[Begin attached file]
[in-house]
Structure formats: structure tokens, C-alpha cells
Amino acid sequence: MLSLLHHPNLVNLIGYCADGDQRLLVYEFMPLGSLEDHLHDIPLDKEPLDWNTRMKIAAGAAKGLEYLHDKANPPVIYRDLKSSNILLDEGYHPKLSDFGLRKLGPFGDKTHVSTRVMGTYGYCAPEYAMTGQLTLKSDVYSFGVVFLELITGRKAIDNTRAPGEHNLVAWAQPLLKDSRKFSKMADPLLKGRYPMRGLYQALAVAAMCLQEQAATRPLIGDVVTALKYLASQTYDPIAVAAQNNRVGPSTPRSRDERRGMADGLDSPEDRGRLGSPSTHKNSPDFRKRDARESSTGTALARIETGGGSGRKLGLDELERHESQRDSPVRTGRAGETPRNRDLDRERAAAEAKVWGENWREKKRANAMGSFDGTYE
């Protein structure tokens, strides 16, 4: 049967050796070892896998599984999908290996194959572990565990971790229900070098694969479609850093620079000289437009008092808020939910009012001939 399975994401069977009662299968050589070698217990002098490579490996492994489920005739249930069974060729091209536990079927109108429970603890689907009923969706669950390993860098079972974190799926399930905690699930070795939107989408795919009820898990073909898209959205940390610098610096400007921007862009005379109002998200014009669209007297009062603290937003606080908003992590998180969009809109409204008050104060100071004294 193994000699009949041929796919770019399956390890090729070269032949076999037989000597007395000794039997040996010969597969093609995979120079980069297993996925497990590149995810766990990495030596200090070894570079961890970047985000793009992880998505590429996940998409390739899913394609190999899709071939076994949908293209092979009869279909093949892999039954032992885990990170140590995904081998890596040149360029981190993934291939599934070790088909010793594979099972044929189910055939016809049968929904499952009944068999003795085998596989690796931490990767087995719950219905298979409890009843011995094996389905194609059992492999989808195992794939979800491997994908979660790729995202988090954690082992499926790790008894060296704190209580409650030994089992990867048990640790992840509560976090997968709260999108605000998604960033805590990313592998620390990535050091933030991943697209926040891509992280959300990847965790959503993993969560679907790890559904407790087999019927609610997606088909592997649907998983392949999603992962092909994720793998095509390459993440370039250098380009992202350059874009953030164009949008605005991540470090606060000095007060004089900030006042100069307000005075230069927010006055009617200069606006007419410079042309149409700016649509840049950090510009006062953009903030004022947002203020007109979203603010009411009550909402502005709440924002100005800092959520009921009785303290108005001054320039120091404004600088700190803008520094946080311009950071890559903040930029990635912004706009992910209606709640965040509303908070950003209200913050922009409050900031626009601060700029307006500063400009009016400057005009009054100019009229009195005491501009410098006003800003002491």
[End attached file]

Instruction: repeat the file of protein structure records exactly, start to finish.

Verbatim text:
[in-house]
Structure formats: structure tokens, C-alpha cells
Amino acid sequence: MLSLLHHPNLVNLIGYCADGDQRLLVYEFMPLGSLEDHLHDIPLDKEPLDWNTRMKIAAGAAKGLEYLHDKANPPVIYRDLKSSNILLDEGYHPKLSDFGLRKLGPFGDKTHVSTRVMGTYGYCAPEYAMTGQLTLKSDVYSFGVVFLELITGRKAIDNTRAPGEHNLVAWAQPLLKDSRKFSKMADPLLKGRYPMRGLYQALAVAAMCLQEQAATRPLIGDVVTALKYLASQTYDPIAVAAQNNRVGPSTPRSRDERRGMADGLDSPEDRGRLGSPSTHKNSPDFRKRDARESSTGTALARIETGGGSGRKLGLDELERHESQRDSPVRTGRAGETPRNRDLDRERAAAEAKVWGENWREKKRANAMGSFDGTYE
């Protein structure tokens, strides 16, 4: 049967050796070892896998599984999908290996194959572990565990971790229900070098694969479609850093620079000289437009008092808020939910009012001939 399975994401069977009662299968050589070698217990002098490579490996492994489920005739249930069974060729091209536990079927109108429970603890689907009923969706669950390993860098079972974190799926399930905690699930070795939107989408795919009820898990073909898209959205940390610098610096400007921007862009005379109002998200014009669209007297009062603290937003606080908003992590998180969009809109409204008050104060100071004294 193994000699009949041929796919770019399956390890090729070269032949076999037989000597007395000794039997040996010969597969093609995979120079980069297993996925497990590149995810766990990495030596200090070894570079961890970047985000793009992880998505590429996940998409390739899913394609190999899709071939076994949908293209092979009869279909093949892999039954032992885990990170140590995904081998890596040149360029981190993934291939599934070790088909010793594979099972044929189910055939016809049968929904499952009944068999003795085998596989690796931490990767087995719950219905298979409890009843011995094996389905194609059992492999989808195992794939979800491997994908979660790729995202988090954690082992499926790790008894060296704190209580409650030994089992990867048990640790992840509560976090997968709260999108605000998604960033805590990313592998620390990535050091933030991943697209926040891509992280959300990847965790959503993993969560679907790890559904407790087999019927609610997606088909592997649907998983392949999603992962092909994720793998095509390459993440370039250098380009992202350059874009953030164009949008605005991540470090606060000095007060004089900030006042100069307000005075230069927010006055009617200069606006007419410079042309149409700016649509840049950090510009006062953009903030004022947002203020007109979203603010009411009550909402502005709440924002100005800092959520009921009785303290108005001054320039120091404004600088700190803008520094946080311009950071890559903040930029990635912004706009992910209606709640965040509303908070950003209200913050922009409050900031626009601060700029307006500063400009009016400057005009009054100019009229009195005491501009410098006003800003002491």